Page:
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Emily’s Story

Growing up I can remember having “bad ” headaches as a child, but I wasn’t “officially” diagnosed with migraines until I was in college.  It was then that I begin seeing neurologists; once a year, usually, just to check in and make sure that there had been no major changes in my headaches. I would call the headaches at this time “mild and occasional”; I would get them once every few months, and I could take some medications and fall asleep.

I became a “chronic migraineur” in February 2014. My husband and I were in a minor fender bender (no one was hurt) and two weeks to the day of the car accident I awoke with an AWFUL migraine…It was discovered that in the car accident I had herniated a disc at C5/6. I had my first cervical spine surgery in June 2014.

The surgery went well, immediately I awoke from surgery with no headache and no nerve issues…it was considered a success! Less than 6 months later, all the symptoms came back but this time MUCH worse. I had to step away from my career, because I spent most days in a dark room.  It was discovered that the two discs above where I had my prior surgery had herniated. In May 2015, I had my second spinal surgery, this time at C3/4 and C4/5. The next year or so seemed to float by in a blur, I was in constant pain from the surgeries, which had made my upper back and neck muscles to basically turn into concrete. I again was having terrible migraines, debilitating to the point that I barely left the house.

I began seeing a headache specialist in 2016.  I was still having awful daily migraine attacks. He suggested that perhaps, with all the trauma of the surgeries, that I could have some impinged nerves at the base of my skull. In September 2016, I had bilateral occipital nerve decompression surgery. All in all the surgery did seem to help with my daily migraines, but I still just didn’t seem to be able to get them under control. I was seeing an acupuncturist and massage therapist twice a week. I would say at this point I was having a migraine at least several times a week, which was SO much better than before, but still hard!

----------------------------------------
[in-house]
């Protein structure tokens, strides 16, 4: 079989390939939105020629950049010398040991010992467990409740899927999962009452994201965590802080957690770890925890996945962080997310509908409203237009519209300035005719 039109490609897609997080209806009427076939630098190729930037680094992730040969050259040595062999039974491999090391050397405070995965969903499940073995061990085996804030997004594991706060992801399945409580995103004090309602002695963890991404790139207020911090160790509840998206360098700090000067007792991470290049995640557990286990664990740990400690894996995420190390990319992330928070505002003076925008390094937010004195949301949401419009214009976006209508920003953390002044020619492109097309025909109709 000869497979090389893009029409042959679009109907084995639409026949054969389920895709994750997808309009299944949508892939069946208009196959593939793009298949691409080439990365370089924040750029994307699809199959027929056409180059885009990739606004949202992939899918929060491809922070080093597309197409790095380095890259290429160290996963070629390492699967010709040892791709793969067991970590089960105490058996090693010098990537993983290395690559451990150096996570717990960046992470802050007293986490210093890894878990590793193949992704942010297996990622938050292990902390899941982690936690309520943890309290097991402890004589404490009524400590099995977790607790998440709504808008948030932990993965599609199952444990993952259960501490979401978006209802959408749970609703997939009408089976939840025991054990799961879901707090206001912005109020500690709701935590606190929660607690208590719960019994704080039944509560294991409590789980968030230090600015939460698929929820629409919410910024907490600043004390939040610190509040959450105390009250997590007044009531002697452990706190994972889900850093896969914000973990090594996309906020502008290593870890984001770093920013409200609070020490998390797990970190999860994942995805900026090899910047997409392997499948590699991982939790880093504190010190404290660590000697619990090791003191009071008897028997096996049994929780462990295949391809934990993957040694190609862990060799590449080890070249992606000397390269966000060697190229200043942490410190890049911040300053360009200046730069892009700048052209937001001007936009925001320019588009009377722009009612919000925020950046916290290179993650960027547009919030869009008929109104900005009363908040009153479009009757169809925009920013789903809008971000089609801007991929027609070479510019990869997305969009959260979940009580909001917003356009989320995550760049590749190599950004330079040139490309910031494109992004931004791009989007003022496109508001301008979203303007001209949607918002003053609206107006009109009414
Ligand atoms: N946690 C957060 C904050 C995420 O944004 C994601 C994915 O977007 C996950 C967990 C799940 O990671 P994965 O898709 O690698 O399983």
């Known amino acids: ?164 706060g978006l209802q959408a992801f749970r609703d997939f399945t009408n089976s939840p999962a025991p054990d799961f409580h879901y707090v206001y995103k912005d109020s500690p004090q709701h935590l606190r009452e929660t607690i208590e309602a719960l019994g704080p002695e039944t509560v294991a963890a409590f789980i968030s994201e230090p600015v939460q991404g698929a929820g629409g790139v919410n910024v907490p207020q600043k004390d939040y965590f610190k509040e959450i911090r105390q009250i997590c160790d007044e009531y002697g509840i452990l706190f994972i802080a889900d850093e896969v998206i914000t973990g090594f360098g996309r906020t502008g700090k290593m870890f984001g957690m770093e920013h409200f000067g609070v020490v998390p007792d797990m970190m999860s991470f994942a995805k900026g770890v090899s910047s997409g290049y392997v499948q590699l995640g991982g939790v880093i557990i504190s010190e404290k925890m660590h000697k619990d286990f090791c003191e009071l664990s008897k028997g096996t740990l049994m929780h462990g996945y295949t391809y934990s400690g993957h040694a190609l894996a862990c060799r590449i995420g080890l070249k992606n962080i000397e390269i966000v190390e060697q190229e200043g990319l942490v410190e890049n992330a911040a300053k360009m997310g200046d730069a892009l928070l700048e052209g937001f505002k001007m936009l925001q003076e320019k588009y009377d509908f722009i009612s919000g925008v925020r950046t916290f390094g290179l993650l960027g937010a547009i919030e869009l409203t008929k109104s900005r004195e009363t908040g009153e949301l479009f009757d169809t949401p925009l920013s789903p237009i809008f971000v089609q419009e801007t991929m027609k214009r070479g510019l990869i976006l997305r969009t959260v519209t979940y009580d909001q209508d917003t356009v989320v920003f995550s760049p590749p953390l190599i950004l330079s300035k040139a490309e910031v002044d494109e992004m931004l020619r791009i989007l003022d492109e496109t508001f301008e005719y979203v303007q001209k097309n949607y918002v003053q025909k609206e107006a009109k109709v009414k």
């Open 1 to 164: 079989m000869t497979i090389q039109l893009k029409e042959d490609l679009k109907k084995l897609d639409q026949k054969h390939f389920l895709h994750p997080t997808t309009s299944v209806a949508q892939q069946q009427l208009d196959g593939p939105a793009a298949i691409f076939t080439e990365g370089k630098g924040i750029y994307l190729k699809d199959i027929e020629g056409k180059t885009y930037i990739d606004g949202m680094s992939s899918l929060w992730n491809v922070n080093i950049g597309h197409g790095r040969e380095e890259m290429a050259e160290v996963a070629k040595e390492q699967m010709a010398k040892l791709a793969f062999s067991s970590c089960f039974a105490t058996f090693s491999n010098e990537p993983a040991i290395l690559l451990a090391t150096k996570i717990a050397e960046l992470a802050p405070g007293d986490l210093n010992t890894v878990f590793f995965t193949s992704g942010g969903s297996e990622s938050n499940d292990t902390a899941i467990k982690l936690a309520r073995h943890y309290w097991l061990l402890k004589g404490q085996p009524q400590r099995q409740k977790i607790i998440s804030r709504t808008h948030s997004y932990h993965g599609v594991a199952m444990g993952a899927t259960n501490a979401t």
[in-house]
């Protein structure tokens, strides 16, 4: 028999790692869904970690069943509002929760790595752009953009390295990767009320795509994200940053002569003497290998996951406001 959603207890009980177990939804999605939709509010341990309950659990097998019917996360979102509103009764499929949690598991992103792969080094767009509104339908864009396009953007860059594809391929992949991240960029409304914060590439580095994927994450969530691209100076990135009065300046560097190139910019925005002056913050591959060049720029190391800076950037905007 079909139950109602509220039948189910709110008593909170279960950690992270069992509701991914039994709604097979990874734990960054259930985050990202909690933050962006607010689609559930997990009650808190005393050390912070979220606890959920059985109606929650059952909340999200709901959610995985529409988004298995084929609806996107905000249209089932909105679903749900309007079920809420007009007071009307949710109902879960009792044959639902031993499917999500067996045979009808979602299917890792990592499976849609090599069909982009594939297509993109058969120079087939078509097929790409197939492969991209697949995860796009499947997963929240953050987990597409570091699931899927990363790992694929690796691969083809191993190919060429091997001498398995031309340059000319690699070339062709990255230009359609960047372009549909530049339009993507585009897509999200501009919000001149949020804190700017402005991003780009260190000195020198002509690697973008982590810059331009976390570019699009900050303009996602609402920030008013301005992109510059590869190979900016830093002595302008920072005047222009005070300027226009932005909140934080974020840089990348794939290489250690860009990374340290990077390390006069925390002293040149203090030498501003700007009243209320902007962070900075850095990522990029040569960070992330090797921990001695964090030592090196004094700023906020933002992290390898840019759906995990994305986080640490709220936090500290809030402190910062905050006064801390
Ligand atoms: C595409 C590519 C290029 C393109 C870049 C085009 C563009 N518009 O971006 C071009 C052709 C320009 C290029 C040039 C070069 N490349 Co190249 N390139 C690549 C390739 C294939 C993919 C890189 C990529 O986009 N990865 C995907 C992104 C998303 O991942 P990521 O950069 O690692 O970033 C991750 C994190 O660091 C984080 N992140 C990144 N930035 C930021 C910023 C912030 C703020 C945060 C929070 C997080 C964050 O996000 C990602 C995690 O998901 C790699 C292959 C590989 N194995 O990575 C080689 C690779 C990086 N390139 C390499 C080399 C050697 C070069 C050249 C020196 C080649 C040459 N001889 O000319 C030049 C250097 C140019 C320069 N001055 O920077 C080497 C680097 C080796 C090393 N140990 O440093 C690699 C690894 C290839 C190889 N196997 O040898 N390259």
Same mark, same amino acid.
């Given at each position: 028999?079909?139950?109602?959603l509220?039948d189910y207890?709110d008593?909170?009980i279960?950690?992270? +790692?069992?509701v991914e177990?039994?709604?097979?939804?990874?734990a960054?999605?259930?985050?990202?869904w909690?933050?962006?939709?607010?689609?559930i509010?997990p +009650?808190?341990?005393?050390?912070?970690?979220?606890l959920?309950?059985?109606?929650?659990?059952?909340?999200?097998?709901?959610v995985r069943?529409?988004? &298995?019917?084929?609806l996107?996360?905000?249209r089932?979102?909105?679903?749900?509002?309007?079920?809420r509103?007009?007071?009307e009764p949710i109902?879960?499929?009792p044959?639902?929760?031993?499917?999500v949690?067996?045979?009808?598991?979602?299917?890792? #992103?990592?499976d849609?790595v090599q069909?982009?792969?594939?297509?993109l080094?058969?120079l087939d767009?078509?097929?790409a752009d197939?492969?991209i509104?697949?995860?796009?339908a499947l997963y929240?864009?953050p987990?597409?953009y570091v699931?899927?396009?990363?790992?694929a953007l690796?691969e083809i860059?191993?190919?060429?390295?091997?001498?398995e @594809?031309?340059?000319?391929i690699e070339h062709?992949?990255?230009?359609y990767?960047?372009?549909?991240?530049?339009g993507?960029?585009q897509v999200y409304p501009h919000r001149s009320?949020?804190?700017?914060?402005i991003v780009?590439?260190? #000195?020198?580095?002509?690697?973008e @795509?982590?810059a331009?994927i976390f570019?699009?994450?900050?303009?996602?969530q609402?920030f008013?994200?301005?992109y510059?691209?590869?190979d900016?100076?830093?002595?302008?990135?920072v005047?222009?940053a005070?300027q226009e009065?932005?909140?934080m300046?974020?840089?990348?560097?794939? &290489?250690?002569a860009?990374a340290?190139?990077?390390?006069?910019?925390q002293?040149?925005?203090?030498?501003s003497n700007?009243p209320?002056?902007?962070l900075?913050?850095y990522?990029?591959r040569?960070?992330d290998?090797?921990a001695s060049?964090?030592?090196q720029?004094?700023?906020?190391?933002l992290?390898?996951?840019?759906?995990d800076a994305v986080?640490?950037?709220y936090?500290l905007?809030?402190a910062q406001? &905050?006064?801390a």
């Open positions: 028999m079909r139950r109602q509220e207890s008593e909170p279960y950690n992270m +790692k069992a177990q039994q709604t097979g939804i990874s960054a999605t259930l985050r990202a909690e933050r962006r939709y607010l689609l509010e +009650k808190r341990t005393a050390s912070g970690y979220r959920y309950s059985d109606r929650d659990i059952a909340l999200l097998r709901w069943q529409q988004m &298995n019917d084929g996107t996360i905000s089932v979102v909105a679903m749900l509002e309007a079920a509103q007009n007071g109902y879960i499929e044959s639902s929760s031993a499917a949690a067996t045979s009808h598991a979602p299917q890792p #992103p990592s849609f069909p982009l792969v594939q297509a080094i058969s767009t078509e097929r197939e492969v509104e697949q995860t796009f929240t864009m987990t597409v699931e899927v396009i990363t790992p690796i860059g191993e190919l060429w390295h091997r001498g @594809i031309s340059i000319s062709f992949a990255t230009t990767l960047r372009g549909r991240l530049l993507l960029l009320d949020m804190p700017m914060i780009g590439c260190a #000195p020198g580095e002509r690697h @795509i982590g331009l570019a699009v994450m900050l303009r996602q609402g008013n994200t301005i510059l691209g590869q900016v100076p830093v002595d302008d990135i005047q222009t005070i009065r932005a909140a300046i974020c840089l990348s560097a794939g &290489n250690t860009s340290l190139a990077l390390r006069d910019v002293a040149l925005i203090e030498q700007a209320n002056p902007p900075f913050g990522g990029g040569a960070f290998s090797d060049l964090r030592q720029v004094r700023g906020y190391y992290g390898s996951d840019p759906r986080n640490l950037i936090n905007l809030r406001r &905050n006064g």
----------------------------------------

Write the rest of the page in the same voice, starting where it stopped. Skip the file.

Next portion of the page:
At this point in our lives, my husband and I decided we needed to try to really start our family, we were 37 at the time.  In the midst of all my surgeries, we had been trying to have a child, but with no success. After my final surgery, we made an appointment to meet with a fertility doctor, who indicated the BEST chance for us to get pregnant was to do IVF. So in March 2017, we went through our first round of IVF, and were successful..we were pregnant. EXCEPT, my headaches seemed to be worsened by the pregnancy. The next 10 months were an absolute blur.  In midst of all this, my husband was presented with an opportunity that we could not turn down, so at 5.5 months pregnant, we sold our house, packed it up and moved cross country to NC. In December 2017 our son was born, I was so relieved. I had been having such horrible migraines while pregnant, I had hoped that once he was delivered, they would subside.

In 2018, I was having daily intractable migraines. I barely left my bedroom, and could hardly care for my newborn.  I began seeing a doctor who could not figure out why I wasn’t responding to any treatment. So, in December 2018 I was referred to an inpatient headache program in Ann Arbor, MI.

This inpatient program, quite honestly, saved my life. I stayed ten days in the program, where they diagnosed and treated a CSF leak (Spinal Fluid Leak); which could have happened during my delivery, epidural or any one of my spinal surgeries.

Today, I still manage 3-5 times a week migraine attacks. I am on daily medications that help lessen the length and intensity. But I have found I am incredibly sensitive to the changing weather patterns in the area of the country we live in, so I am constantly battling that.

I am learning to live within my box. I do not know how long I will be in this box, but I am equipping myself with tools and strategies so that I can better manage the attacks. I’ve accepted that this could be the rest of my life, and I shifted my mindset to one of joy and gratitude. Focusing on serving as an advocate and educating others about this chronic incurable disease.

After leaving the inpatient program, I decided that I wanted to help others in my situation. My hope is that I can help, inspire and motivate others who are trying to manage their migraine attacks.

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